TrialNet Natural History Study of the Development of Type 1 Diabetes
The goal of the Natural History Study is to learn more about how type 1 diabetes develops in 'at-risk' individuals. At risk individuals are those that have a blood relative with type 1 diabetes. Close relatives of people with type 1 diabetes are being studied in three steps (phases): Screening, Baseline Risk Assessment, and Follow-Up Risk Assessments.
Development of type 1 diabetes.
To participate in Phase 1 (Screening) of the Natural History Study, subjects must be:
- 1 to 45 years of age and have a brother, sister, child, or parent with type 1 diabetes, OR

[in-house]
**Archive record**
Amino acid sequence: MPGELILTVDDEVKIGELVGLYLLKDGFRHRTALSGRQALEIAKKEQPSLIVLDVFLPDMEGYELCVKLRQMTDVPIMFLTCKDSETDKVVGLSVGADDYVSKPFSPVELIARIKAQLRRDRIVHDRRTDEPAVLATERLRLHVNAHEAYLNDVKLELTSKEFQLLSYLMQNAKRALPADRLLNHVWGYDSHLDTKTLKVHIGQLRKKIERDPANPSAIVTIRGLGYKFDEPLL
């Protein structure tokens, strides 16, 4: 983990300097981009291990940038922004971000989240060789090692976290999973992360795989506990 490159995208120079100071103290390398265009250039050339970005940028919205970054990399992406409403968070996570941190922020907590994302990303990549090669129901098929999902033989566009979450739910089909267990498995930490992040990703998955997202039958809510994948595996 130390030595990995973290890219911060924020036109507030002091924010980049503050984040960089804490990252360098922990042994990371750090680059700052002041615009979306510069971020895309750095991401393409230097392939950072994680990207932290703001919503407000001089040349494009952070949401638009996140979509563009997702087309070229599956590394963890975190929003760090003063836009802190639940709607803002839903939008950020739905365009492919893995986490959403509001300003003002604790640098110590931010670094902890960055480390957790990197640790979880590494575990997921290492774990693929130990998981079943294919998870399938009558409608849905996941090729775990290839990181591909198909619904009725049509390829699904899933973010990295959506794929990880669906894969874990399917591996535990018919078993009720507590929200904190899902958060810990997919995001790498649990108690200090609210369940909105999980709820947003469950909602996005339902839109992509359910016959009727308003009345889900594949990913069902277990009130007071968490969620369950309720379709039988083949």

- 1 to 20 years of age and have a cousin, aunt, uncle, niece, nephew, half-sibling, or grandparent with type 1 diabetes.
If you are found to have auto-antibodies in Phase 1 (Screening), you may be more likely to develop type 1 diabetes than other people and may be asked to participate in Phase 2 (Monitoring). Phase 2 (Monitoring) consists of semi-annual or annual study visits that include an Oral Glucose Tolerance Test, HbA1c, and autoantibody tests to confirm your risk for diabetes.
1 - 45
Healthy Volunteers Needed
Duration of Participation
Phase 1 (Screening) requires 1-2 visits to the study site. Phase 2 (Monitoring) will require 1 study visit every six months for Semi-Annual Monitoring or 1 study visit once a year for Annual Monitoring for up to 5 years.
Donald DeFrang and Kristin Jahnke at 503-494-4704
NIH (NIDDK, NIAID, NICHD, NCRR), ADA, JDRF
There is no compensation for phase 1 (Screening). During phase 2 (Monitoring), subjects will receive a small amount of money for each study visit.